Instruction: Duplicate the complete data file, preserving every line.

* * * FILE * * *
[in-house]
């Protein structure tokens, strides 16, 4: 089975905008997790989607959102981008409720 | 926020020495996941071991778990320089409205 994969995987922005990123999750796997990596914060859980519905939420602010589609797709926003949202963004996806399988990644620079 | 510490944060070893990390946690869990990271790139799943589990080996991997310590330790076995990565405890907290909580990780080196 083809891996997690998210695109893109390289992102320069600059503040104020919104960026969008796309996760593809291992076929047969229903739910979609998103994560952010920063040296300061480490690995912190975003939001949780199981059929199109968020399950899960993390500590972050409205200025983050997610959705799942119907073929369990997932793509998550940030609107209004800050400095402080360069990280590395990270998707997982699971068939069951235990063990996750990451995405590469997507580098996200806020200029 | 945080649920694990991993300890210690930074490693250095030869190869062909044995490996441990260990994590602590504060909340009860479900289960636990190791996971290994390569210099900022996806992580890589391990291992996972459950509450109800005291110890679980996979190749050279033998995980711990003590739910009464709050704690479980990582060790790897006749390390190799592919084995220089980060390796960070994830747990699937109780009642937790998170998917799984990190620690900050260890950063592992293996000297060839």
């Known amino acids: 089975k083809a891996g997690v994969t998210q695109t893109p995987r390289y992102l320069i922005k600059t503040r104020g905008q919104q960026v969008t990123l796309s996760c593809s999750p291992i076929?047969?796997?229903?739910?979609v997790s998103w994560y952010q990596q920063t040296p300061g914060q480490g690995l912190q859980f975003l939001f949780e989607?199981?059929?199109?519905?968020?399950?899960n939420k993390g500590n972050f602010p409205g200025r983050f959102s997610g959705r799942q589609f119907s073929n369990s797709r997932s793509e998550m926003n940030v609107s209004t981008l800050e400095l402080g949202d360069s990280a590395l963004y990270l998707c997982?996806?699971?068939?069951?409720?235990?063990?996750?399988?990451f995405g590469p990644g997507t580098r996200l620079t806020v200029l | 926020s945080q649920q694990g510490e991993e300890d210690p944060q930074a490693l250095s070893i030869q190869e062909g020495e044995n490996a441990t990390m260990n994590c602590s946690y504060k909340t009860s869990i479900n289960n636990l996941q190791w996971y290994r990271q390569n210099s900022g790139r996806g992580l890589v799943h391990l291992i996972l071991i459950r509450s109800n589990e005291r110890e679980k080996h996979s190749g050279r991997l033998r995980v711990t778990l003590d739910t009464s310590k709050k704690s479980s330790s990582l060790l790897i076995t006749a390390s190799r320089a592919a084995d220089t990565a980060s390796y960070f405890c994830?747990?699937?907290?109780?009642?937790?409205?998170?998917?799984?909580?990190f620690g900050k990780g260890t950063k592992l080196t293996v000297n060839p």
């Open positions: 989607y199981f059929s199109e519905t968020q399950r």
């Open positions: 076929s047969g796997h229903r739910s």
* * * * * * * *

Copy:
[in-house]
């Protein structure tokens, strides 16, 4: 089975905008997790989607959102981008409720 | 926020020495996941071991778990320089409205 994969995987922005990123999750796997990596914060859980519905939420602010589609797709926003949202963004996806399988990644620079 | 510490944060070893990390946690869990990271790139799943589990080996991997310590330790076995990565405890907290909580990780080196 083809891996997690998210695109893109390289992102320069600059503040104020919104960026969008796309996760593809291992076929047969229903739910979609998103994560952010920063040296300061480490690995912190975003939001949780199981059929199109968020399950899960993390500590972050409205200025983050997610959705799942119907073929369990997932793509998550940030609107209004800050400095402080360069990280590395990270998707997982699971068939069951235990063990996750990451995405590469997507580098996200806020200029 | 945080649920694990991993300890210690930074490693250095030869190869062909044995490996441990260990994590602590504060909340009860479900289960636990190791996971290994390569210099900022996806992580890589391990291992996972459950509450109800005291110890679980996979190749050279033998995980711990003590739910009464709050704690479980990582060790790897006749390390190799592919084995220089980060390796960070994830747990699937109780009642937790998170998917799984990190620690900050260890950063592992293996000297060839």
């Known amino acids: 089975k083809a891996g997690v994969t998210q695109t893109p995987r390289y992102l320069i922005k600059t503040r104020g905008q919104q960026v969008t990123l796309s996760c593809s999750p291992i076929?047969?796997?229903?739910?979609v997790s998103w994560y952010q990596q920063t040296p300061g914060q480490g690995l912190q859980f975003l939001f949780e989607?199981?059929?199109?519905?968020?399950?899960n939420k993390g500590n972050f602010p409205g200025r983050f959102s997610g959705r799942q589609f119907s073929n369990s797709r997932s793509e998550m926003n940030v609107s209004t981008l800050e400095l402080g949202d360069s990280a590395l963004y990270l998707c997982?996806?699971?068939?069951?409720?235990?063990?996750?399988?990451f995405g590469p990644g997507t580098r996200l620079t806020v200029l | 926020s945080q649920q694990g510490e991993e300890d210690p944060q930074a490693l250095s070893i030869q190869e062909g020495e044995n490996a441990t990390m260990n994590c602590s946690y504060k909340t009860s869990i479900n289960n636990l996941q190791w996971y290994r990271q390569n210099s900022g790139r996806g992580l890589v799943h391990l291992i996972l071991i459950r509450s109800n589990e005291r110890e679980k080996h996979s190749g050279r991997l033998r995980v711990t778990l003590d739910t009464s310590k709050k704690s479980s330790s990582l060790l790897i076995t006749a390390s190799r320089a592919a084995d220089t990565a980060s390796y960070f405890c994830?747990?699937?907290?109780?009642?937790?409205?998170?998917?799984?909580?990190f620690g900050k990780g260890t950063k592992l080196t293996v000297n060839p």
């Open positions: 989607y199981f059929s199109e519905t968020q399950r």
């Open positions: 076929s047969g796997h229903r739910s």